The Supreme Court has rejected the appeals presented by Vox against the appointment of Cani Fernández as president of the National Commission of Markets and Competition (CNMC) and Carlos Aguilar as counselor of the body at the proposal of United We Can, according to two rulings dated on last May 13.
The parliamentary group led by Santiago Abascal challenged the appointment decree approved by the Government on June 16, understanding that Cani Fernández could incur a conflict of interest, since she worked at the Cuatrecasas law firm between 1997 and February 2020, and litigated against the State and the CNMC itself.
The contentious-administrative chamber of the high court has dropped both appeals for lack of active legitimation, following the previous jurisprudence that political parties do not have the power to present administrative appeals, since they previously participate in the procedure of appointments of this type of charges.
In the case of the president of the CNMC, she had favorable votes in the Economic Affairs Commission of the Congress of Deputies of PSOE, United We Can, Esquerra Republicana and the PNV, while they voted against PP, Ciudadanos and Vox.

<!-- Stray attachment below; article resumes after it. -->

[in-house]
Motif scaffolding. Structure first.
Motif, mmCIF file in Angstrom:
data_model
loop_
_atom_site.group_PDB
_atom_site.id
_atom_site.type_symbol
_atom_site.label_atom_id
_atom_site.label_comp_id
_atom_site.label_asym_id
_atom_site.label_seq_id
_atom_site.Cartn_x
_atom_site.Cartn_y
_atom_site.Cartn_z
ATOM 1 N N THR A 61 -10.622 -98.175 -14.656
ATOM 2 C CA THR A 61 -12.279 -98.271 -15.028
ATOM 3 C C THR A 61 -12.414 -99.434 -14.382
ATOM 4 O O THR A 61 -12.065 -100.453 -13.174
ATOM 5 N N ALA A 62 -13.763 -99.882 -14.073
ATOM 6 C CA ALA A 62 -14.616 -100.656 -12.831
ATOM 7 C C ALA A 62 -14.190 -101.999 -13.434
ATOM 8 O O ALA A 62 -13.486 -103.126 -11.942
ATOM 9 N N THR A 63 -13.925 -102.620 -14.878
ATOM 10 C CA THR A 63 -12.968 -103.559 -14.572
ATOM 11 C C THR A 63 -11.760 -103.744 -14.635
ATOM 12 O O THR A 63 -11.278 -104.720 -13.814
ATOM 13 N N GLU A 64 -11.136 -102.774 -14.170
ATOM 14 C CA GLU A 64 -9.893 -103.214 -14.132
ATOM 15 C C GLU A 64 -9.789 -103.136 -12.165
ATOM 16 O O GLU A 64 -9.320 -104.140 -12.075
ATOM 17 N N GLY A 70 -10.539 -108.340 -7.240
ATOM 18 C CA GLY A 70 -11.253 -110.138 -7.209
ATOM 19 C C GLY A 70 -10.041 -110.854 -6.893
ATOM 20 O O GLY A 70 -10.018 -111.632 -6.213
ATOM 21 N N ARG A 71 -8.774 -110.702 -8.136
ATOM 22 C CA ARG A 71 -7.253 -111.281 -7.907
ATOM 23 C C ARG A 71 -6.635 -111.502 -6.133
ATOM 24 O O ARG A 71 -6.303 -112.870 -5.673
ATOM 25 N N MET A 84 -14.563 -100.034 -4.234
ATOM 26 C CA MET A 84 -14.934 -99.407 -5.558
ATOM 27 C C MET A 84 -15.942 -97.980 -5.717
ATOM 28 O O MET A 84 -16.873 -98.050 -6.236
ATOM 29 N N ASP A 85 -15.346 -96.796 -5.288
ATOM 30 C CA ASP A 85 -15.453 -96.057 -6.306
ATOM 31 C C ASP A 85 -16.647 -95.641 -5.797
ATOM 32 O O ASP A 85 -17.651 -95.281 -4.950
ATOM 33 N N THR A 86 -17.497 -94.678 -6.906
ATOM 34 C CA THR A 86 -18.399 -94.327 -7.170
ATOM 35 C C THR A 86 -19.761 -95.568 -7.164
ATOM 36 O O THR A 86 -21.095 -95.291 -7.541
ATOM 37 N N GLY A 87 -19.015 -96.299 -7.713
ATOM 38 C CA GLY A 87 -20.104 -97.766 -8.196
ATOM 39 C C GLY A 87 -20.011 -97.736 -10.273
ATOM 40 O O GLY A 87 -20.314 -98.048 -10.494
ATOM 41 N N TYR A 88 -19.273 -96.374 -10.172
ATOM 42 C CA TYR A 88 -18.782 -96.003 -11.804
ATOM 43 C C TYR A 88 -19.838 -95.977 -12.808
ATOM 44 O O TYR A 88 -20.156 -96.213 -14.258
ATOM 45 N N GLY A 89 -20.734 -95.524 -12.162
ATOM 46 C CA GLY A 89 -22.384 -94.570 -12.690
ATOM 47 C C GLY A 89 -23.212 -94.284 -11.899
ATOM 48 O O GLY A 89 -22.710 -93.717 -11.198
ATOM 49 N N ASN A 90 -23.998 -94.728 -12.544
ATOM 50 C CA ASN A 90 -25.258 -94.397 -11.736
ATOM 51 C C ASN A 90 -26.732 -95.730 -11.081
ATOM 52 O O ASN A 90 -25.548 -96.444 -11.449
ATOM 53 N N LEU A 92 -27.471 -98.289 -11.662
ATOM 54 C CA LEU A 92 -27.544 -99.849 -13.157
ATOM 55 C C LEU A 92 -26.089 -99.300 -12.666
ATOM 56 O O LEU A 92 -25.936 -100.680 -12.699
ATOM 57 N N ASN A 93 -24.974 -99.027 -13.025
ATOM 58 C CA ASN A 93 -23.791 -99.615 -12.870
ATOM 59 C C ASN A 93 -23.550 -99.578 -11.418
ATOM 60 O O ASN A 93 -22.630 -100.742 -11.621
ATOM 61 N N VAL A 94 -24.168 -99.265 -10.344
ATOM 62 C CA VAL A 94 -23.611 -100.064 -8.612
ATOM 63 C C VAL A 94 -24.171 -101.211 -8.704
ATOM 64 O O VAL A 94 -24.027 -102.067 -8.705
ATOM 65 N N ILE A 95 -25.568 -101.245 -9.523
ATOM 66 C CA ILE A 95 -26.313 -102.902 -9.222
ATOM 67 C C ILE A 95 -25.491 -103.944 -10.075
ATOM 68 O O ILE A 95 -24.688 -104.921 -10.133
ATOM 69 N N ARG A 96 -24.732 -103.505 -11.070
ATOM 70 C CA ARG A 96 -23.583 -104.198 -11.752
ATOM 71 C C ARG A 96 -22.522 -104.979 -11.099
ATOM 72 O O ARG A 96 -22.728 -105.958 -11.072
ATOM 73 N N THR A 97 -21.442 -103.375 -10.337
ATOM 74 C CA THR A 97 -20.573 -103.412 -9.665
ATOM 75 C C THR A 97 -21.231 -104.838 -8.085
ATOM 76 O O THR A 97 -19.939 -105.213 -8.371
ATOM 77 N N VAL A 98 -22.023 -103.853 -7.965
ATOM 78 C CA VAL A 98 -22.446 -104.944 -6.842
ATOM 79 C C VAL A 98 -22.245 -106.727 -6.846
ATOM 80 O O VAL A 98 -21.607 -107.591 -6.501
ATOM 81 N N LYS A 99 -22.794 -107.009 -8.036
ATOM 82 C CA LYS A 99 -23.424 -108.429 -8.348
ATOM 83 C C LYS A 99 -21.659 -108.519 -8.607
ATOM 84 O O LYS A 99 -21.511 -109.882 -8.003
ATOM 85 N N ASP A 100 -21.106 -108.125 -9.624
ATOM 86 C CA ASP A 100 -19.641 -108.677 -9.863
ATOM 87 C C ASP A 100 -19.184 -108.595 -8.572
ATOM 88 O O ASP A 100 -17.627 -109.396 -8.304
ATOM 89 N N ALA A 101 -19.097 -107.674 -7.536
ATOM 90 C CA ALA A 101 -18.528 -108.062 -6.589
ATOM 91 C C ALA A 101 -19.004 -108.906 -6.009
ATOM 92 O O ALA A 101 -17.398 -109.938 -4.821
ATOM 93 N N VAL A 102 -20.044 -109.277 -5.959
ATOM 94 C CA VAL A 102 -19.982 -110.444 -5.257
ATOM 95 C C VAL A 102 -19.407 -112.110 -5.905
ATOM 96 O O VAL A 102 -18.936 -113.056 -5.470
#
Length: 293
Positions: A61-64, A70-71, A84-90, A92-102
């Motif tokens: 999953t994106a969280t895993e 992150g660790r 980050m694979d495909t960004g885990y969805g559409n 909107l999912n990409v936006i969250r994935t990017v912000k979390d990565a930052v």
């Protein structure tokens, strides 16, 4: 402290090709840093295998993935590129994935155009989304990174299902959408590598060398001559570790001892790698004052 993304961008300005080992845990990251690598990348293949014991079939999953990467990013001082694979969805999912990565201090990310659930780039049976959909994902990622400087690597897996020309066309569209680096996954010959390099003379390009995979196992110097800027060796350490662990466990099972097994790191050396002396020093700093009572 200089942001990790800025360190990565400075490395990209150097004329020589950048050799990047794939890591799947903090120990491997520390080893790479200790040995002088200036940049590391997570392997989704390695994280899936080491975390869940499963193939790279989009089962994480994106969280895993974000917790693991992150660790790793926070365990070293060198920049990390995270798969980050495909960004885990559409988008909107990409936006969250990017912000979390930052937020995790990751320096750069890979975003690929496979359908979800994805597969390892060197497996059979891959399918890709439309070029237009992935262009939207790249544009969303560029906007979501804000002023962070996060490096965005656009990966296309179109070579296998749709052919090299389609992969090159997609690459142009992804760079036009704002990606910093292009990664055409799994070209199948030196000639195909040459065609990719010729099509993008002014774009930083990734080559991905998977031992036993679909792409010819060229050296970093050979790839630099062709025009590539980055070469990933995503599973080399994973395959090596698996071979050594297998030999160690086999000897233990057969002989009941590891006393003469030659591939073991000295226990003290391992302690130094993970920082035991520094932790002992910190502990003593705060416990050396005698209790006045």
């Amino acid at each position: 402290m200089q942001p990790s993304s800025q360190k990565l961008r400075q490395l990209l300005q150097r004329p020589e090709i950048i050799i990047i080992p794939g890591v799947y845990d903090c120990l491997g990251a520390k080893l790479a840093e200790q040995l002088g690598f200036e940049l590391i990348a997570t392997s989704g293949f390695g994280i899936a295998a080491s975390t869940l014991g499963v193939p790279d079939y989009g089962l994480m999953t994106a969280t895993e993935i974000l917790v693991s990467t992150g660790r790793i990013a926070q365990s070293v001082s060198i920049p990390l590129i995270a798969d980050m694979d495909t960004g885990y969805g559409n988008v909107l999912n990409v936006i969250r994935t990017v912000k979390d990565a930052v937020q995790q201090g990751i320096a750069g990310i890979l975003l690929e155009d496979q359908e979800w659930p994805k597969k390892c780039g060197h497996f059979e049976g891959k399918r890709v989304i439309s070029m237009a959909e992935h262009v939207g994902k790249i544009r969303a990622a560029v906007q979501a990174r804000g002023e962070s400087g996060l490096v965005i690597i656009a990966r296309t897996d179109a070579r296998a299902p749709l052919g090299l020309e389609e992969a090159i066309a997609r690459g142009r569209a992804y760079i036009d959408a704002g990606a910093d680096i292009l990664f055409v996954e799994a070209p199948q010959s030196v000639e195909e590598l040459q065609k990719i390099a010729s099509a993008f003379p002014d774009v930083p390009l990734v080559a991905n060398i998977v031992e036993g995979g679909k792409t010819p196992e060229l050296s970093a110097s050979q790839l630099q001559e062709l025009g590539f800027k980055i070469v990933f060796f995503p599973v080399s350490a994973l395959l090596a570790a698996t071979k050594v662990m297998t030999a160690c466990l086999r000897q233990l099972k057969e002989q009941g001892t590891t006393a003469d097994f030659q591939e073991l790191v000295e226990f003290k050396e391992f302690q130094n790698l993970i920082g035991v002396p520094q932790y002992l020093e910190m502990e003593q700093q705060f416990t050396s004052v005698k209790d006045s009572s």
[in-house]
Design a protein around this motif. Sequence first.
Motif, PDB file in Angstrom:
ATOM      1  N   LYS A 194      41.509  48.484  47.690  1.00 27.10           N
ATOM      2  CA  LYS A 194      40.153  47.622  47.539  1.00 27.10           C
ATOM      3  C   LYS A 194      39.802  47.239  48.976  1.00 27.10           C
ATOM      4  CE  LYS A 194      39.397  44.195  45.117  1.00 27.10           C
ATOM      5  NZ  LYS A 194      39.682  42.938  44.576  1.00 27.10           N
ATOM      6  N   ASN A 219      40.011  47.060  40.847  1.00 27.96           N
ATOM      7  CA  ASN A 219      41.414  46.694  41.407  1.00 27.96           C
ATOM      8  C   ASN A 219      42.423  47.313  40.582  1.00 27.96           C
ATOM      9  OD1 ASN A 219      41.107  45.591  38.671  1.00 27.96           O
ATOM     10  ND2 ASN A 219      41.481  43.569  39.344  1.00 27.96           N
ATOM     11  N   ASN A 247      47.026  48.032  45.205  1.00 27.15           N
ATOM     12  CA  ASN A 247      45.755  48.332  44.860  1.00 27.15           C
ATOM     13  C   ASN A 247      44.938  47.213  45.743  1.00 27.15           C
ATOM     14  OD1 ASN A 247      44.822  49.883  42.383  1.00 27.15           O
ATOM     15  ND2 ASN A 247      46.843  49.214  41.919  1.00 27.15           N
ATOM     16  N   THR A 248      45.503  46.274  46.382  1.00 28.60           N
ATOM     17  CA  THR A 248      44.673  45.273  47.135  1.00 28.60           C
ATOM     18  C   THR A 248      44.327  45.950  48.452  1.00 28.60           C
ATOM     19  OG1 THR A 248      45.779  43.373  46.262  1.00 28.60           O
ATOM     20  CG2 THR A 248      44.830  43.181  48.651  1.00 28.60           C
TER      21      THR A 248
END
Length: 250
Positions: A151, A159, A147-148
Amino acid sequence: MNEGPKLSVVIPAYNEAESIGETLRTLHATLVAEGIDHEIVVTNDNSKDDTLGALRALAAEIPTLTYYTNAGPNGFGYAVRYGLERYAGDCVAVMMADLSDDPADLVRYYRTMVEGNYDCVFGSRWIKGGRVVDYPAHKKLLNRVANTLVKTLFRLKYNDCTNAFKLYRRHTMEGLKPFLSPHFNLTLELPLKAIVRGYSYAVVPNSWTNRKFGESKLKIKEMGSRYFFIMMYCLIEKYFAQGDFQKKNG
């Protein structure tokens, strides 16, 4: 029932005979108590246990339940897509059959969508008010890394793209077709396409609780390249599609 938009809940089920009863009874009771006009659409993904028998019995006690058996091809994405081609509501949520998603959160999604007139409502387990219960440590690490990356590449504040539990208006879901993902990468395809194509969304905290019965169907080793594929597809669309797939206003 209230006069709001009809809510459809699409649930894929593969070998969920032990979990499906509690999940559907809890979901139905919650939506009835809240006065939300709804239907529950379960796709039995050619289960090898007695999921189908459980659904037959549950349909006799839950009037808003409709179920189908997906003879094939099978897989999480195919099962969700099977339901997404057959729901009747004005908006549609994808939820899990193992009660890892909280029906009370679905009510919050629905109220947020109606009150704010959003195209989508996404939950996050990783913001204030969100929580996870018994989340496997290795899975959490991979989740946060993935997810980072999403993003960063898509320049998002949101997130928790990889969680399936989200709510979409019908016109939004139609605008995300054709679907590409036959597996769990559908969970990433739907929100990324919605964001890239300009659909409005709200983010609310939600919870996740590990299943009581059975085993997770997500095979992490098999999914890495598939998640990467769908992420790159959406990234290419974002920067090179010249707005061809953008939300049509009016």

The Supreme Court recalls several sentences in which it has maintained this doctrine. The most recent was the rejection in September 2020 of the PP and Vox resources against the inclusion of Pablo Iglesias in the commission of the National Intelligence Center (CNI). It also inadmissible in November 2019 the appeal of the PP against the appointment of the president and three advisers of the Nuclear Safety Council.
Fernández has admitted that he has worked for several large companies in conflict with the CNMC, for which he has promised to inhibit himself in all cases in which there is a possible conflict of interest. The most notorious case of this professional work is the advice to Mediaset, which has been fined together with Atresmedia with 77 million euros by the CNMC for the duopoly situation in the television advertising market.